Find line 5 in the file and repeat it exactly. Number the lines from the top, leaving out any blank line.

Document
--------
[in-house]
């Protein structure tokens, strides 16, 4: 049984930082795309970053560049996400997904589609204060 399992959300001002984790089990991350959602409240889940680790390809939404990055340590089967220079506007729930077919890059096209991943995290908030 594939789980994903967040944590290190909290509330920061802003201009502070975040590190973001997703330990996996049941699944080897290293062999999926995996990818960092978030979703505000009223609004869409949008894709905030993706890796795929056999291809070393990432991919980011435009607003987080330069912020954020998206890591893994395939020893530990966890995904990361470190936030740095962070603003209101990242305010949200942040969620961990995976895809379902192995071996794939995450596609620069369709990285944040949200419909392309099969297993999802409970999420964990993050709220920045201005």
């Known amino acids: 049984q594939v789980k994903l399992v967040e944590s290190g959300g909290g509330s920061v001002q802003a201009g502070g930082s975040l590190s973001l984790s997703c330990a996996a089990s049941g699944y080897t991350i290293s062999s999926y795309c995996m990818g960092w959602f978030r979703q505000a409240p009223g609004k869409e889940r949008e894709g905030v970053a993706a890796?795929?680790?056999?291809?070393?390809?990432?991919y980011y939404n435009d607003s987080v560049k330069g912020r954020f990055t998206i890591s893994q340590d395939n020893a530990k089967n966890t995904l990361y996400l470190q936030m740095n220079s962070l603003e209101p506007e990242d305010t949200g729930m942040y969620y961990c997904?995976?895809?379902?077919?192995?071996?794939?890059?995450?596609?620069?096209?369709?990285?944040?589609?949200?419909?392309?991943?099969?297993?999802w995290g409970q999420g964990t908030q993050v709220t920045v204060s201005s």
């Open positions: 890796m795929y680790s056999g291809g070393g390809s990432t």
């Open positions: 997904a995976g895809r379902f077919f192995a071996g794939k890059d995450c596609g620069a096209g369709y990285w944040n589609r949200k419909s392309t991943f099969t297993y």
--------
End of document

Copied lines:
């Open positions: 997904a995976g895809r379902f077919f192995a071996g794939k890059d995450c596609g620069a096209g369709y990285w944040n589609r949200k419909s392309t991943f099969t297993y």